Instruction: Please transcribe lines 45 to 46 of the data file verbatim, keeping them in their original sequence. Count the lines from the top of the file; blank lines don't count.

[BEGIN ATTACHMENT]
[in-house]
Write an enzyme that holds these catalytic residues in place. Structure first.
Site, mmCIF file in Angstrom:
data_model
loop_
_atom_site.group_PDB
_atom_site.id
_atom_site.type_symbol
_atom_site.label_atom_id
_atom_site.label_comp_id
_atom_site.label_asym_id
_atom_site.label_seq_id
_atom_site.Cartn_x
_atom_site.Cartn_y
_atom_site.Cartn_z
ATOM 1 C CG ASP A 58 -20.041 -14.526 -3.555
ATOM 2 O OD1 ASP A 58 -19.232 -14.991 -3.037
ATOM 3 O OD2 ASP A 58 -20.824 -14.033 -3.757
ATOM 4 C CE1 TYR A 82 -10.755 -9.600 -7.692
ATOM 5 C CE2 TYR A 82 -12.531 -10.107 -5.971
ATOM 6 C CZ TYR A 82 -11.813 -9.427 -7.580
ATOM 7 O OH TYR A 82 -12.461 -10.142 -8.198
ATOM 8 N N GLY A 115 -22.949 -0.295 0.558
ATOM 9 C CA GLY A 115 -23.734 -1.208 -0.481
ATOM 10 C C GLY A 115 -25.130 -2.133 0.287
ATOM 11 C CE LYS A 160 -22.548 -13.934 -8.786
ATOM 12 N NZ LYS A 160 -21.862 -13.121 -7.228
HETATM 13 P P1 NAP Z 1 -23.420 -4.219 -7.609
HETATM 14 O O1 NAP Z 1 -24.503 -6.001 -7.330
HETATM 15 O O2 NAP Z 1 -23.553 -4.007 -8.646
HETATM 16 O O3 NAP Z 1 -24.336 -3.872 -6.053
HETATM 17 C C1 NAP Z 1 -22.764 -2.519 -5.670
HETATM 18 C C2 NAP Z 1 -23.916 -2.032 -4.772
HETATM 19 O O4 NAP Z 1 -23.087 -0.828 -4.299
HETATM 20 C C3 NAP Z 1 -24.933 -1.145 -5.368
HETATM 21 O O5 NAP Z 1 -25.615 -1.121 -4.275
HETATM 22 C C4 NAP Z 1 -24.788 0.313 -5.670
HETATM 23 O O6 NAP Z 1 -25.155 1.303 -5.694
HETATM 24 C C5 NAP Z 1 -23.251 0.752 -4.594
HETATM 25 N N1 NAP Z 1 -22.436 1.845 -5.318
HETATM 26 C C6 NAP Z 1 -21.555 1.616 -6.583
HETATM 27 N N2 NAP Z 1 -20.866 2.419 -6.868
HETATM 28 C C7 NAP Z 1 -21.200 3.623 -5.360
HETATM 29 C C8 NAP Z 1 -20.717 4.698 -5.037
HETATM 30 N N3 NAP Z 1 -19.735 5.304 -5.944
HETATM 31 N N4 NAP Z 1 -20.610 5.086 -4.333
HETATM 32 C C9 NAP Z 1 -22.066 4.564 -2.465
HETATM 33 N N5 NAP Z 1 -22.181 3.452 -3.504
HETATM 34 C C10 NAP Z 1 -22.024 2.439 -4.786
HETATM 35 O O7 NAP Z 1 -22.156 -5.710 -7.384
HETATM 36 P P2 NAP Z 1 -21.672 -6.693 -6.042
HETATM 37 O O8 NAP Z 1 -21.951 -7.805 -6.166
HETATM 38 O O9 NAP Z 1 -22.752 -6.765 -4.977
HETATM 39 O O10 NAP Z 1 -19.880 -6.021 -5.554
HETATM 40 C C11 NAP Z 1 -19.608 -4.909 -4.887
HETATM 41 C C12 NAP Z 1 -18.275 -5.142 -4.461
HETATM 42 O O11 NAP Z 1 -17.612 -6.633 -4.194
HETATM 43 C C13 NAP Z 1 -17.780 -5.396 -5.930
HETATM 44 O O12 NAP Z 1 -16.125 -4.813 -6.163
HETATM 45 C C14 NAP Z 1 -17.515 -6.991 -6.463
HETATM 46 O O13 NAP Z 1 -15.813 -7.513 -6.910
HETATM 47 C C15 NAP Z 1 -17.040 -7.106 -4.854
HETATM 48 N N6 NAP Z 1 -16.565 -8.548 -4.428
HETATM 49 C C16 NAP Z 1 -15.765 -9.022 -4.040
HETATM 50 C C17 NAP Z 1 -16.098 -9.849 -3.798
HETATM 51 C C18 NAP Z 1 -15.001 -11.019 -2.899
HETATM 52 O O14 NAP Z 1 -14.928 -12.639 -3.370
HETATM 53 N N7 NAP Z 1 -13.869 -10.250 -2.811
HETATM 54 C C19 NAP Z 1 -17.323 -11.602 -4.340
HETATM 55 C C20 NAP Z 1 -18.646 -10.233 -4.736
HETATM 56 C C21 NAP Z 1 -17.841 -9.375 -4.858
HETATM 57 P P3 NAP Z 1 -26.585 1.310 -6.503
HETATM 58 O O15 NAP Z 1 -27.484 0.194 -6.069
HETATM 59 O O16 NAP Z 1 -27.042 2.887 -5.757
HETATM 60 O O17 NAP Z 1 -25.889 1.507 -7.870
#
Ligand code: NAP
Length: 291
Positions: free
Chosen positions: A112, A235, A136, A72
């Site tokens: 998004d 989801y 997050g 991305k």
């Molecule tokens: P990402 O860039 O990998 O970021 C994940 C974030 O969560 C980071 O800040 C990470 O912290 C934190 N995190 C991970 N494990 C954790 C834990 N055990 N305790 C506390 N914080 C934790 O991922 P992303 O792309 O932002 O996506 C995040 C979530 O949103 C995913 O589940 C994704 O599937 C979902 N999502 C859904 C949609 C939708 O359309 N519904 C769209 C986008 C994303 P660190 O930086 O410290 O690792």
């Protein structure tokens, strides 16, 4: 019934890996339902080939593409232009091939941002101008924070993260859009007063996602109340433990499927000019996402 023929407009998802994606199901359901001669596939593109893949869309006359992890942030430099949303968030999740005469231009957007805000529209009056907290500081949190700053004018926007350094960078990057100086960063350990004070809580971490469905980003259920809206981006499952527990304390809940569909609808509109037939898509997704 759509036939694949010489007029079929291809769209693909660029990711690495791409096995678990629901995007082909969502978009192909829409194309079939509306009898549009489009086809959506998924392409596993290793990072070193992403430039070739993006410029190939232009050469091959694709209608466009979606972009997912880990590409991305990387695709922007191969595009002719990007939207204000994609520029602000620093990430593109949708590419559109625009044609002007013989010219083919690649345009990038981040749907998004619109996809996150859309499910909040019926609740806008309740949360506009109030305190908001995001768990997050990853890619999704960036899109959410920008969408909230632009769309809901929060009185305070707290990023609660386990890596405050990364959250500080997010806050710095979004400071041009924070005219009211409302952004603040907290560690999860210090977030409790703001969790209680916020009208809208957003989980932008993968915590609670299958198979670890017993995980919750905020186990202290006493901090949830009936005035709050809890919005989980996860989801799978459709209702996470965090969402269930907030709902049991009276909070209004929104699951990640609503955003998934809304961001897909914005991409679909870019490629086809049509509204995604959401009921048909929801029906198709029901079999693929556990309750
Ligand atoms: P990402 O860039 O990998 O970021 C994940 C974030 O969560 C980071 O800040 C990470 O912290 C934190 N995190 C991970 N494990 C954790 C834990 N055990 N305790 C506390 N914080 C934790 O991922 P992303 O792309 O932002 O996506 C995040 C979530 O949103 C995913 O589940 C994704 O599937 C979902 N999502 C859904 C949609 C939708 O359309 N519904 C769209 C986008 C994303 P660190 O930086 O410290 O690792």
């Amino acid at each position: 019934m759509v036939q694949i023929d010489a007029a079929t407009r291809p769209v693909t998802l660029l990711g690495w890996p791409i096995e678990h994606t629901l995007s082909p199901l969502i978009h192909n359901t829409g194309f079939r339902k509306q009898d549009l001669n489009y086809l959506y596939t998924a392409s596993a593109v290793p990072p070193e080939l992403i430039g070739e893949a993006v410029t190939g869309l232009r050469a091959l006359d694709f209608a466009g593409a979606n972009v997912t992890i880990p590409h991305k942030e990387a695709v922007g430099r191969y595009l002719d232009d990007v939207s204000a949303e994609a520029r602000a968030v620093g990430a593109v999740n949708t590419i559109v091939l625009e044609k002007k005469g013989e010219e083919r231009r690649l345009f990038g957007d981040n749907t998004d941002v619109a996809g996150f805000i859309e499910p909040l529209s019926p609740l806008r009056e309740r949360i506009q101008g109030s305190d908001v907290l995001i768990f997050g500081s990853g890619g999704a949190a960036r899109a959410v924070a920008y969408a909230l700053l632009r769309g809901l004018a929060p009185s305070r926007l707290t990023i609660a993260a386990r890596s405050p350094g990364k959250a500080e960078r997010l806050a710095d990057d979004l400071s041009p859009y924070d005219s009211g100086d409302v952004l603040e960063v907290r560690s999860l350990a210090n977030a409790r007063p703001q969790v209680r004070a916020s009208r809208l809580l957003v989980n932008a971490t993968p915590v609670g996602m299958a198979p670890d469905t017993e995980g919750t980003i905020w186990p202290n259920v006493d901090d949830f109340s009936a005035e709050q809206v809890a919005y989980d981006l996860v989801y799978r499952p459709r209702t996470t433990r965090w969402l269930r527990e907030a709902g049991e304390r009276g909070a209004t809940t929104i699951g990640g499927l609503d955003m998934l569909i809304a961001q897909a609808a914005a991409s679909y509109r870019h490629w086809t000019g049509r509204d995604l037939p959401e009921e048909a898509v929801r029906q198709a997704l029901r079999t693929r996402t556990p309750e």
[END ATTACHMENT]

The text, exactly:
HETATM 30 N N3 NAP Z 1 -19.735 5.304 -5.944
HETATM 31 N N4 NAP Z 1 -20.610 5.086 -4.333